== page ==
But by 2pm they hadn’t arrived. I gave up, rang the social worker who had pencilled in a visit at 3:30 so that we could finally get the piano ordered and paid for and went to bed for some valium induced sleep. I was woken by a knocking on my bedroom door; reluctantly I forced myself to wake and went to sit in the lounge room for a talk with the CAT Team.
Did they introduce themselves? I can’t remember. After whatever preliminaries there were, I asked them a simple question: what background information had they been given on my situation? The gist of their answer – very little and that a chinese whispers version of the story I had told twice already.
I just didn’t want to tell it for a third time. Sure, it would induce a state of emotional distress obvious enough to prompt them to whatever ineffectual action lay within their remit but it was startingto feel inauthentic. It was psychologically abusive to expect me to traumatise myself for the sake of convincing a couple of obtuse jobsworths with no insight or genuine empathy that yes, I was in genuine need of assistance. They were of a type I’ve encountered before; health workers and others in the care industries with no intrinsic interest in their work.
Part IV (Intermezzo): Moderato
The first time I met such a person was during a University vacation stint as a kitchehand in a Marysville guesthouse. She was a former nurse working there as a waitress/housemaid.
One evening, I listened in appalled silence as she described highlights of her former nursing career. The best shifts, she said, were night shifts on the geriatric ward. The gerries didn’t do much – there weren’t too many buzzer calls they just lay there and slept and you could get on with your knitting (she was actually knitting as she spoke), and do the occasional crossword. Every now and then you’d do a quick round of the ward, check if anyone had died and if someone had, well that was about all the work you’d have to do that shift.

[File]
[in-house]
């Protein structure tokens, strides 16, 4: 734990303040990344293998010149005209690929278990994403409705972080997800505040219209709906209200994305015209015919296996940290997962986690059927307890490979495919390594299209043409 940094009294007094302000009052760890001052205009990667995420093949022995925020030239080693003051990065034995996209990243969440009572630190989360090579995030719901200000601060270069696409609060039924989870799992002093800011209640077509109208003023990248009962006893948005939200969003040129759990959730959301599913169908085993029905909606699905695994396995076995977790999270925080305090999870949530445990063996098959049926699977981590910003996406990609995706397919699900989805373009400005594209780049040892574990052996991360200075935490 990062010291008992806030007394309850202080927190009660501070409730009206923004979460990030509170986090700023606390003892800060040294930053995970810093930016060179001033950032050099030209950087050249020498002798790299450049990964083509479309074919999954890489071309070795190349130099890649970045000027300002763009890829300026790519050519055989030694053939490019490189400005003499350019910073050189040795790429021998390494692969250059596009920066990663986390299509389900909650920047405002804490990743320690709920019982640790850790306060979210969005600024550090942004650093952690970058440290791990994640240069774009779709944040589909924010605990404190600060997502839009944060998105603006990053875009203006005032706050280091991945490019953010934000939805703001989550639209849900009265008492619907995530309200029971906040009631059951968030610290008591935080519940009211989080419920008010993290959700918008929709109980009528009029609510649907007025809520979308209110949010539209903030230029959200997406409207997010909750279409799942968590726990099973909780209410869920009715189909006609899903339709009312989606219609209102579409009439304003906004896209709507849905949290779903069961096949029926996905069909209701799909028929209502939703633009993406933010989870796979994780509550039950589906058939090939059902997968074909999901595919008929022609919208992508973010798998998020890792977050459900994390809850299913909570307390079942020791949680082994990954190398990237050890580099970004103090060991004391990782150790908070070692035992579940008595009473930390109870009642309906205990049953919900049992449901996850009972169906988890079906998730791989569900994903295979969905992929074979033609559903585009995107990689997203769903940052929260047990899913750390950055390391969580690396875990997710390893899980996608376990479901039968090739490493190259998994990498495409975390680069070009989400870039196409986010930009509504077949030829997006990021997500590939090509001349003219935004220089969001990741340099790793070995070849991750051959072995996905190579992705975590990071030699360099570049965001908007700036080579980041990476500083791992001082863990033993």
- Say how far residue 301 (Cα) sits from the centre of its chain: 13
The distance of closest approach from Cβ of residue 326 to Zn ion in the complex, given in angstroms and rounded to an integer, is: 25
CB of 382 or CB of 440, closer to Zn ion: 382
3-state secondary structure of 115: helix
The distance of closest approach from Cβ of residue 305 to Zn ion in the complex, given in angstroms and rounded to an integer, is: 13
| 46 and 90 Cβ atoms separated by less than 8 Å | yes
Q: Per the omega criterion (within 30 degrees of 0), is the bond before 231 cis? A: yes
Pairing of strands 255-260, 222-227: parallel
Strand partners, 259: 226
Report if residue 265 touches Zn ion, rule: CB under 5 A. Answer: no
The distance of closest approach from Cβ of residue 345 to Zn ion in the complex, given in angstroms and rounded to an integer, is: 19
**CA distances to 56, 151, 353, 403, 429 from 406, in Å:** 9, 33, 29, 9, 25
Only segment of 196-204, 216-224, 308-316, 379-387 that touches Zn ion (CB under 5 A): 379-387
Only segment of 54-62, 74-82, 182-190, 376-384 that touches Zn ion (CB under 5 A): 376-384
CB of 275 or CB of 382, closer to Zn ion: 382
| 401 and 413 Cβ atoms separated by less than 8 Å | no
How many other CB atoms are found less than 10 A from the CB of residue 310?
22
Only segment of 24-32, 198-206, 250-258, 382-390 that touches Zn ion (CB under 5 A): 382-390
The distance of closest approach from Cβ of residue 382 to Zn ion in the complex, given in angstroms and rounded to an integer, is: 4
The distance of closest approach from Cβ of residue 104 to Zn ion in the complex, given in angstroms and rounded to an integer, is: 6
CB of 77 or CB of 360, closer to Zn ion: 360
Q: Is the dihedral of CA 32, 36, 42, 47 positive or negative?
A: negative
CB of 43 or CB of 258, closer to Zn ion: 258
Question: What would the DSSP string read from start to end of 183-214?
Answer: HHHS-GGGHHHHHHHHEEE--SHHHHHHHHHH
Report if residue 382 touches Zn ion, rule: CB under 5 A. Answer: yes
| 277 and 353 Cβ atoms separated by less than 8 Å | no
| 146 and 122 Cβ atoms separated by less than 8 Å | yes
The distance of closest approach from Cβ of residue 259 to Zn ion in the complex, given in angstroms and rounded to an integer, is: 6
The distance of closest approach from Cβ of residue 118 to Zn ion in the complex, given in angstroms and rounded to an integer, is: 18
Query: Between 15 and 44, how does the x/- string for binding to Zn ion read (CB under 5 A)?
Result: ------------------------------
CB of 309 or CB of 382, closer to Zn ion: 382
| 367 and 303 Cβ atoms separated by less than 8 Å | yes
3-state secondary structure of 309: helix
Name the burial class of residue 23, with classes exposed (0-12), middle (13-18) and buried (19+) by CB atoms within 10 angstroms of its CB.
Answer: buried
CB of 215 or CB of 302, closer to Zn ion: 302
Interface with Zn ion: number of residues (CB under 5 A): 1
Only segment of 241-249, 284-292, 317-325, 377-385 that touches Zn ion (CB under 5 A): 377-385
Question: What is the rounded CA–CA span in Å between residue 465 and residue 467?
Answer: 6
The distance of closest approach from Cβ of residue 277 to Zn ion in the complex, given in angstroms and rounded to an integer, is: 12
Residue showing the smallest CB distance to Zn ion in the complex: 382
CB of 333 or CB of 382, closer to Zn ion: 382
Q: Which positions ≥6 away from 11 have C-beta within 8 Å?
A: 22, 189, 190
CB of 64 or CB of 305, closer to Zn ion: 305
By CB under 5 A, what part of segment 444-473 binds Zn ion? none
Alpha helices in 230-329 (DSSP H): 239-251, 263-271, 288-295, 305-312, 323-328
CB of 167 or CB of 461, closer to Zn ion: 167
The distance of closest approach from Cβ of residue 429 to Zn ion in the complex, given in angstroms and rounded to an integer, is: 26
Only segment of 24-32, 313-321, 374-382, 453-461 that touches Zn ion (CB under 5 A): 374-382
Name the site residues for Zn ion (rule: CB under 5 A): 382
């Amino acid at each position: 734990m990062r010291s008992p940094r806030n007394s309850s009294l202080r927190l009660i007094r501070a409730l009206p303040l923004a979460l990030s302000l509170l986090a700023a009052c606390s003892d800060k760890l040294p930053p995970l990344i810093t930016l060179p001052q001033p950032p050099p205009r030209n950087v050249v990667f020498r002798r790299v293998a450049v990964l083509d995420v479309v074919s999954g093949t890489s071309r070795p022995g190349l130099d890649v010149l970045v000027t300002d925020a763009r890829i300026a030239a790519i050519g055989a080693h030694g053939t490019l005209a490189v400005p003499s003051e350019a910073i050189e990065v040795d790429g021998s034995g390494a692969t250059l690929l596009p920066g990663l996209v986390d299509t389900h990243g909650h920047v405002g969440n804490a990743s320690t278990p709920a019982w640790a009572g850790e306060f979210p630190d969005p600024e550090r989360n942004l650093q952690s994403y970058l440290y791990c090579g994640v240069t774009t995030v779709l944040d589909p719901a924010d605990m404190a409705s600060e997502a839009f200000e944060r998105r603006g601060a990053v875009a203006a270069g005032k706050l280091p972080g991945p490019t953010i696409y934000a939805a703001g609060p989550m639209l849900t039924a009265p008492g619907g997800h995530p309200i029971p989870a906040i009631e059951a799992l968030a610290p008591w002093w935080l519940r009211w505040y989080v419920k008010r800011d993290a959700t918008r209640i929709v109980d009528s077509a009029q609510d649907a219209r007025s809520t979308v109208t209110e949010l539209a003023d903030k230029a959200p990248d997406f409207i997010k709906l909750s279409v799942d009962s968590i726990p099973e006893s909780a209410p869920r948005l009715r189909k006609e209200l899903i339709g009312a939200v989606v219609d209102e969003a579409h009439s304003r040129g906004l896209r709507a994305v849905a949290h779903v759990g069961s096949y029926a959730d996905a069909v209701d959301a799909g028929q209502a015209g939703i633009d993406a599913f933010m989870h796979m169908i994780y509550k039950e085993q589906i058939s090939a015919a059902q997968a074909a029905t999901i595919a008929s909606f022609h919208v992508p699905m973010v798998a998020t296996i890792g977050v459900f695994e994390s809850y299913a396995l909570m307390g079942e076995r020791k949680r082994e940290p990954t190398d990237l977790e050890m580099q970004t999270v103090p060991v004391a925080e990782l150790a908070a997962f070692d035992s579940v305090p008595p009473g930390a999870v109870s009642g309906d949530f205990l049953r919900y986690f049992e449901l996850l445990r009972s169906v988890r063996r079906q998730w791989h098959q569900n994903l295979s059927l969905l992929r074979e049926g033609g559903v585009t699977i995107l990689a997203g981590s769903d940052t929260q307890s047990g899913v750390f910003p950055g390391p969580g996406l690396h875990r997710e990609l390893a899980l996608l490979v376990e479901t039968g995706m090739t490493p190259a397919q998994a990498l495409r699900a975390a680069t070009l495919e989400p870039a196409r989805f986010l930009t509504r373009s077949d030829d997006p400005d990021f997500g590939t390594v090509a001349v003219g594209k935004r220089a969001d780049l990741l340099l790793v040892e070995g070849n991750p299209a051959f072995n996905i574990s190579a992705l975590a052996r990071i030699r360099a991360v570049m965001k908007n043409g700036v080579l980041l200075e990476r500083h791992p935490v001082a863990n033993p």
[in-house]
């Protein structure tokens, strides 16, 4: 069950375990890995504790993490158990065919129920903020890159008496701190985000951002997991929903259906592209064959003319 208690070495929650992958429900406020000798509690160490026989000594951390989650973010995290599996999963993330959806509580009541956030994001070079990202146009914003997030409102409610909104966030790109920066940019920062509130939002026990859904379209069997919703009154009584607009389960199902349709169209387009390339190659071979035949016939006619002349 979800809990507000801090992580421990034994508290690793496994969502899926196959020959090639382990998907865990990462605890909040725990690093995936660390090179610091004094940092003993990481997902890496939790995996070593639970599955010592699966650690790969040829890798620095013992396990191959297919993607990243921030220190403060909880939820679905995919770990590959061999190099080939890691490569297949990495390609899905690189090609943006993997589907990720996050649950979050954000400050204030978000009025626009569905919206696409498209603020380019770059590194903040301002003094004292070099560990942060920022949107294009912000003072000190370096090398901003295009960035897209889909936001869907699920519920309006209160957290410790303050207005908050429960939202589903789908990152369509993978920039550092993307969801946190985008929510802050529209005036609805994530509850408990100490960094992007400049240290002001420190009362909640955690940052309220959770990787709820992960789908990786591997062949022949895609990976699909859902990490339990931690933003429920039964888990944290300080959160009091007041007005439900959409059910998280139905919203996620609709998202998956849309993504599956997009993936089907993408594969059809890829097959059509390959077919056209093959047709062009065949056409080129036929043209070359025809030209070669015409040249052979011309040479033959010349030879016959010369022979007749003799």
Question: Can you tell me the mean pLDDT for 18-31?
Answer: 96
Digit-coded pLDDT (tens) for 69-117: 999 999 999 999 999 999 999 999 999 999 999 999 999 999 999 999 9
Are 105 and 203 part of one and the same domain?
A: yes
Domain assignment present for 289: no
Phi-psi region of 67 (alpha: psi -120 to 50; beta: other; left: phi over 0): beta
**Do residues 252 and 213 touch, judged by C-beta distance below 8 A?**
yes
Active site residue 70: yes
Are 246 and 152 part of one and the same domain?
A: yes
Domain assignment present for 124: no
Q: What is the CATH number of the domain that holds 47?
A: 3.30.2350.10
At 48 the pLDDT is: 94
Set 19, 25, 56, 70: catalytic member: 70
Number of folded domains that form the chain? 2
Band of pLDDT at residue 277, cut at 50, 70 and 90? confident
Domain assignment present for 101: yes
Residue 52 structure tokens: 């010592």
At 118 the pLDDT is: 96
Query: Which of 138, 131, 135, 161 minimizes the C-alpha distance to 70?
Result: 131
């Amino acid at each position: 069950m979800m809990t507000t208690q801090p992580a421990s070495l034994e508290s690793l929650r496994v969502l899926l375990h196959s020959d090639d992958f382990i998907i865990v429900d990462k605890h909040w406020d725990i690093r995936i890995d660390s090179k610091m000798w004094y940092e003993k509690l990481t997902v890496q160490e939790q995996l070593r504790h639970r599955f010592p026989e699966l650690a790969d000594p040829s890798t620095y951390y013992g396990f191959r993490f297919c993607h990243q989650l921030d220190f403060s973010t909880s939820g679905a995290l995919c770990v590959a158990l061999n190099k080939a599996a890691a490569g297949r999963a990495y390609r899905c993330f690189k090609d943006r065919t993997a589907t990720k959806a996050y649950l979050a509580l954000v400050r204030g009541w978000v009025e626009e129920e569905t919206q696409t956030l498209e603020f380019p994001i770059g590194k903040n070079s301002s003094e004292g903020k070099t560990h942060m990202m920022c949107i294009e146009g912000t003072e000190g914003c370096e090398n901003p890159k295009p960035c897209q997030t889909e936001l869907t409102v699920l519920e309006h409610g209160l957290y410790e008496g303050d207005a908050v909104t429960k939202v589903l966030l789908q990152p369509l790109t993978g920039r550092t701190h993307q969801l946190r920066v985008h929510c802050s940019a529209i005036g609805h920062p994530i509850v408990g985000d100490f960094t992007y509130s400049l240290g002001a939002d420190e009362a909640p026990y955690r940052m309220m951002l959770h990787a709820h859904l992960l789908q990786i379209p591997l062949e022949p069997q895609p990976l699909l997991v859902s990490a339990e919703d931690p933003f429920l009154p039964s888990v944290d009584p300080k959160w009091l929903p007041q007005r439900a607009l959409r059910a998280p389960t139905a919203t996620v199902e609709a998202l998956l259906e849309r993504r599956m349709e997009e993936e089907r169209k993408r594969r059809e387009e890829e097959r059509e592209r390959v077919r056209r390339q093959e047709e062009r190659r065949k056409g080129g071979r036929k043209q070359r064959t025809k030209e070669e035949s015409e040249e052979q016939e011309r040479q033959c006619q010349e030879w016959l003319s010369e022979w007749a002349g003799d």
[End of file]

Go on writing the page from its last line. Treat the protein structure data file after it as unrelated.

She spoke with a chilling indifference to any impression she might be making on anyone listening. In retrospect I suspect she left out the bit about checking who was considered likely to die overnight so that you could contrive a way to ensure that you’d have long session of uninterrupted knitting time before you handed over to the next shift.
Fortunately, I haven’t met any worse examples since. Bad examples, yes, but no-one worse.
Part V (Finale): Presto Infurioso
I said, in a quite quiet and controlled voice that the fact that they had no background information of any value made me quite angry. Could I go through the events so that they could get assess for themselves how bad I was? No I could not – in addition to the objection I raised earlier – the psychologically abusive element of the expectation I had another good reason to refuse; I didn’t want to get into a habit of using self-induced emotional crises to manipulate my social environment. What I needed to do for myself now was the exact opposite.
There was a long awkward silence. I said that right now I didn’t think that there was anything they could do for me but just leave.
You’d like us to leave? They seized on my suggestion with relief – they were out of their depth and I’d just shown them a convenient way to extract themselves from a situation they couldn’t handle.
With diminishing self control I told them, in a slow crescendo of fury, that yes, they should leave. That it was completely unsatisfactory to expect that I should put on a performance of method acting just because ‘you people don’t know how to communicate with each other’.
Oblivious to the fact that they’d just been given the very performance they’d been seeking, they said goodnight and left. Leaving me knowing that I’d just shot myself in the foot merely to preserve my dignity. But then there really wasn’t any ‘merely’ to it.
Postscript: that’s enough of this for now. Living this stuff gets tedious and so does re-living it through writing about it. The meaty stuff – like the institutional changes I’d suggest to prevent such unsatisfactory things to happen to me or anyone else with a mental health problem will have to wait for another time. For now, I’m all written out.
i Not used as an ironic pejorative; in relation to depression the concept of retardation has a very precise clinical sense.